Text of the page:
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Boehner to Obama: Offer plan that can pass Congress. 26 days to the fiscal cliff

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Fiscal Cliff Notes for Dec. 5, 2012
26 days to the fiscal cliff

Updated

The latest on fiscal cliff wrangling.....

BOEHNER TO OBAMA: 'WE NEED A RESPONSE FROM THE WHITE HOUSE''

On Wednesday morning, House Speaker John Boehner (R-Ohio) said President Barack Obama is obliged to offer a fiscal cliff plan that has a chance of passing the House and Senate--not like the deal the White House offered up to congressional leaders last week.

Said Boehner at a press conference, "You know, this week we made a good-faith offer to avert the fiscal crisis and that offer included significant spending cuts and reforms, and it included additional revenue. And frankly it was the balanced approach that the president's been asking for.

"Now we need a response from the White House. We can't sit here and negotiate with ourselves.

"Our targets and framework are things that we can all agree on, and it's exactly how we approached our discussions in the Biden Group, my discussions at the White House a year and a half ago and, for that matter, in the Joint-Select Committee.

"And if the president doesn't agree with our proposal and our outline, I think he's got an obligation to send one to the Congress - and a plan that can pass both chambers of Congress. If you look at the plans that the White House has talked about thus far, they couldn't pass either house of the Congress.

"We're ready and eager to talk to the president and to work with him to make sure that the American people aren't disadvantaged by what's happening here in Washington."


OBAMA UPS ANTE: WANTS TO ELIMINATE DEBT CEILING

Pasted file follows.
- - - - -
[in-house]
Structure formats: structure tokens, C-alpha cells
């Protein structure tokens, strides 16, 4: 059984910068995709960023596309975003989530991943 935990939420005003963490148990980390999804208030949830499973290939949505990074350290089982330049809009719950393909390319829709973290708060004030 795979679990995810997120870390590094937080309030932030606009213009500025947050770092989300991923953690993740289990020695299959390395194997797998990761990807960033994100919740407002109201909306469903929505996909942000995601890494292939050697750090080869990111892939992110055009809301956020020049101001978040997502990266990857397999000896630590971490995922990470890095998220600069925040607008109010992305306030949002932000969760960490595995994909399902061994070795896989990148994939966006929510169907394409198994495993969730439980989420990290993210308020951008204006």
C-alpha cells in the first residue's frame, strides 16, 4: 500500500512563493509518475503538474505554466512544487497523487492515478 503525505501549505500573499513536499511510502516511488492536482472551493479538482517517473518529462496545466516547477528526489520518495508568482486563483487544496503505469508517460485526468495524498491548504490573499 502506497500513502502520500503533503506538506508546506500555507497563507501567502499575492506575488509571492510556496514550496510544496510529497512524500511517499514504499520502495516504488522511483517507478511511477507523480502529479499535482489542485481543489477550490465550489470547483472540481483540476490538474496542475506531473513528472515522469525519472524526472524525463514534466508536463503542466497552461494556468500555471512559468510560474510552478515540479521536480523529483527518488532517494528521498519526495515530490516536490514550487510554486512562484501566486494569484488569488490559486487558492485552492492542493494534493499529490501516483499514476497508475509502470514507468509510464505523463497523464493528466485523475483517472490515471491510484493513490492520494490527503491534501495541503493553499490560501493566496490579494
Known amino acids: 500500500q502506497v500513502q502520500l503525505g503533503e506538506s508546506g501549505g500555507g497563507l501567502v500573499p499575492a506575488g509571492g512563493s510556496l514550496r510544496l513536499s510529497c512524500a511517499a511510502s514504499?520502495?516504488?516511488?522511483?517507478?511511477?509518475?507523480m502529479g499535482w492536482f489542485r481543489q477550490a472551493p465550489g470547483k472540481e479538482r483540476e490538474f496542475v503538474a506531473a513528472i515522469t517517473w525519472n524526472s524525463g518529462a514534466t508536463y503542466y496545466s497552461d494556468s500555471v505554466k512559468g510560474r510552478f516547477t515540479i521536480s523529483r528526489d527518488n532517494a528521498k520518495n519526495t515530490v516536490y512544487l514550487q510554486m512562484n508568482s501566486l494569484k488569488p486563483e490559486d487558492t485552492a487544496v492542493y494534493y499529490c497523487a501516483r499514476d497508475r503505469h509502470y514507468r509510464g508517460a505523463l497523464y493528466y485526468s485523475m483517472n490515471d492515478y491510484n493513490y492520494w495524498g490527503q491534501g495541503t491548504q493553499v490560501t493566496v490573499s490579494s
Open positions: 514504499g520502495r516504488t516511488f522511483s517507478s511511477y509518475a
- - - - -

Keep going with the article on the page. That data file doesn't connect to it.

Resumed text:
Obama is meeting with Business Roundtable leaders Wednesday morning, part of a drive to woo supporters from tough precincts:

From a White House Official: "On Wednesday, the President will deliver remarks and take questions from business leaders at the quarterly meeting of the Business Roundtable. As more and more business leaders speak out on the need for Congress to act on a balanced plan that protects the middle class, the President will continue to make the case that our nation's businesses need the certainty that middle class families won't see their taxes go up at the end of the year.

"The President will highlight why it would hurt our economy and our nation's businesses if we do not find a solution to avoid another debt ceiling crisis, and will ask the business leaders for their help in supporting an approach that resolves the debt limit without drama or delay. He will also highlight that any plan must include balance and that is why he has put forward a detailed, comprehensive plan that specifies how he would raise revenue from the wealthiest, curb spending, and reform entitlements, and he will reiterate that he will not accept a deal that doesn't include higher rates on the wealthiest individuals."

CROSSROADS GPS HITS OBAMA ON FISCAL CLIFF

The GOP allied Crossroads Grassroots Policy Strategies, aka Crossroads GPS launched a paid TV campaign on Wednesday to slam Obama over his steadfast, oft-stated goal of not extending tax breaks due to expire Dec. 31 for top earners.

From Crossroads: "The new spot will run on national cable networks - including CNN, CNBC, Fox News Channel, Fox Business Network, Headline News, and MSNBC - for one week starting Thursday in a $500,000 buy. The spot will also run on Sunday talk shows in the Washington, DC designated market area."



McCONNELL CALLS OBAMA BID TO VOID DEBT CEILING A "POWER GRAB'

Don Stewart, Deputy Chief of Staff for Communications for Senate Republican Leader Sen. Mitch McConnell (R-Ky.) is thumbs down on Obama's bid to link the fiscal cliff deal making to lifting the debt ceiling. Said Stewart in a Wednesday morning memo"

"While we're certainly flattered that the administration praised one piece of the Budget Control Act, they seem to have amnesia on the rest of the plan. Namely, the debt ceiling was raised last year only after the White House agreed to at least $2 TRILLION in cuts to Washington spending, and agreed to be bound by the timing and amount set by Congress--not his own whim.

"The President wants to have the ability to raise the debt ceiling whenever he wants, for as much as he wants, with no responsibility or spending cuts attached. This is an idea opposed by Democrats and Republicans alike; it's a power grab that has no support here."


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